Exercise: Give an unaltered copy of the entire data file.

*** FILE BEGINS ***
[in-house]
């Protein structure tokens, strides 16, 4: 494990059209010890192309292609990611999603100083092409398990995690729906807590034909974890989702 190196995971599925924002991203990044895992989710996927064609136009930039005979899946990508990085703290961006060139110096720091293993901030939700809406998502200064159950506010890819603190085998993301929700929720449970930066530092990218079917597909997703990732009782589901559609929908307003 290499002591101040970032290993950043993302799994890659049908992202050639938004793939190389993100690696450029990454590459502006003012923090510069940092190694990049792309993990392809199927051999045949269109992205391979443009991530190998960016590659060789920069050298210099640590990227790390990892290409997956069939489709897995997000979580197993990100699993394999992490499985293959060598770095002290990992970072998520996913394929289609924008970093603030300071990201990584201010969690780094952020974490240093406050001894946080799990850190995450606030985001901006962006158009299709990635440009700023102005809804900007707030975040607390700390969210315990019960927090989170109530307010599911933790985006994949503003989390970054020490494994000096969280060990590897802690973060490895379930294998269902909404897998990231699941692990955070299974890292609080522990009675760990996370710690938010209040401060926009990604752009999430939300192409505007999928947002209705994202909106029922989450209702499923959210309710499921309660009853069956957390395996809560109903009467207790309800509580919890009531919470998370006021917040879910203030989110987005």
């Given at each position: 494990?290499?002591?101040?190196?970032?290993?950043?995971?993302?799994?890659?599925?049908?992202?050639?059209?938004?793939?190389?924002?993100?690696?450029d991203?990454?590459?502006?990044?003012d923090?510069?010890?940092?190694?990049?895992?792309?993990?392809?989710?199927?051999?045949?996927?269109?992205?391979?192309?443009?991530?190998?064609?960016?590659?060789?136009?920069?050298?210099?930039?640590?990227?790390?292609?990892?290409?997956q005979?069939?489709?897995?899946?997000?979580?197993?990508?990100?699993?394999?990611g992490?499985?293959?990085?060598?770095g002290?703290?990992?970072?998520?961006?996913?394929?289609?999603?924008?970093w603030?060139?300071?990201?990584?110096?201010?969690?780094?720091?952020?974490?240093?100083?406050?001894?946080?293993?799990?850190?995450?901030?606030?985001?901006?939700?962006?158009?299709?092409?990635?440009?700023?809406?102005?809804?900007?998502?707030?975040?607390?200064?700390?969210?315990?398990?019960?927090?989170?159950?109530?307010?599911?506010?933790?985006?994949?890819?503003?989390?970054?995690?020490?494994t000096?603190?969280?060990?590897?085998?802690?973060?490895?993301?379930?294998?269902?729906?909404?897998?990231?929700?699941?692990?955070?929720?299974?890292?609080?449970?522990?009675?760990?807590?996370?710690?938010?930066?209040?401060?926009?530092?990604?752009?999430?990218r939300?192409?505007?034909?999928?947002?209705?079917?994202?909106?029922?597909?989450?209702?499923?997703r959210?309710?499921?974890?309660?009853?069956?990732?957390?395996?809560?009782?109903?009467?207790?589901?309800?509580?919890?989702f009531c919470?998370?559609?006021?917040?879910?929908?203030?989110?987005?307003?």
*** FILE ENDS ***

[in-house]
């Protein structure tokens, strides 16, 4: 494990059209010890192309292609990611999603100083092409398990995690729906807590034909974890989702 190196995971599925924002991203990044895992989710996927064609136009930039005979899946990508990085703290961006060139110096720091293993901030939700809406998502200064159950506010890819603190085998993301929700929720449970930066530092990218079917597909997703990732009782589901559609929908307003 290499002591101040970032290993950043993302799994890659049908992202050639938004793939190389993100690696450029990454590459502006003012923090510069940092190694990049792309993990392809199927051999045949269109992205391979443009991530190998960016590659060789920069050298210099640590990227790390990892290409997956069939489709897995997000979580197993990100699993394999992490499985293959060598770095002290990992970072998520996913394929289609924008970093603030300071990201990584201010969690780094952020974490240093406050001894946080799990850190995450606030985001901006962006158009299709990635440009700023102005809804900007707030975040607390700390969210315990019960927090989170109530307010599911933790985006994949503003989390970054020490494994000096969280060990590897802690973060490895379930294998269902909404897998990231699941692990955070299974890292609080522990009675760990996370710690938010209040401060926009990604752009999430939300192409505007999928947002209705994202909106029922989450209702499923959210309710499921309660009853069956957390395996809560109903009467207790309800509580919890009531919470998370006021917040879910203030989110987005």
């Given at each position: 494990?290499?002591?101040?190196?970032?290993?950043?995971?993302?799994?890659?599925?049908?992202?050639?059209?938004?793939?190389?924002?993100?690696?450029d991203?990454?590459?502006?990044?003012d923090?510069?010890?940092?190694?990049?895992?792309?993990?392809?989710?199927?051999?045949?996927?269109?992205?391979?192309?443009?991530?190998?064609?960016?590659?060789?136009?920069?050298?210099?930039?640590?990227?790390?292609?990892?290409?997956q005979?069939?489709?897995?899946?997000?979580?197993?990508?990100?699993?394999?990611g992490?499985?293959?990085?060598?770095g002290?703290?990992?970072?998520?961006?996913?394929?289609?999603?924008?970093w603030?060139?300071?990201?990584?110096?201010?969690?780094?720091?952020?974490?240093?100083?406050?001894?946080?293993?799990?850190?995450?901030?606030?985001?901006?939700?962006?158009?299709?092409?990635?440009?700023?809406?102005?809804?900007?998502?707030?975040?607390?200064?700390?969210?315990?398990?019960?927090?989170?159950?109530?307010?599911?506010?933790?985006?994949?890819?503003?989390?970054?995690?020490?494994t000096?603190?969280?060990?590897?085998?802690?973060?490895?993301?379930?294998?269902?729906?909404?897998?990231?929700?699941?692990?955070?929720?299974?890292?609080?449970?522990?009675?760990?807590?996370?710690?938010?930066?209040?401060?926009?530092?990604?752009?999430?990218r939300?192409?505007?034909?999928?947002?209705?079917?994202?909106?029922?597909?989450?209702?499923?997703r959210?309710?499921?974890?309660?009853?069956?990732?957390?395996?809560?009782?109903?009467?207790?589901?309800?509580?919890?989702f009531c919470?998370?559609?006021?917040?879910?929908?203030?989110?987005?307003?």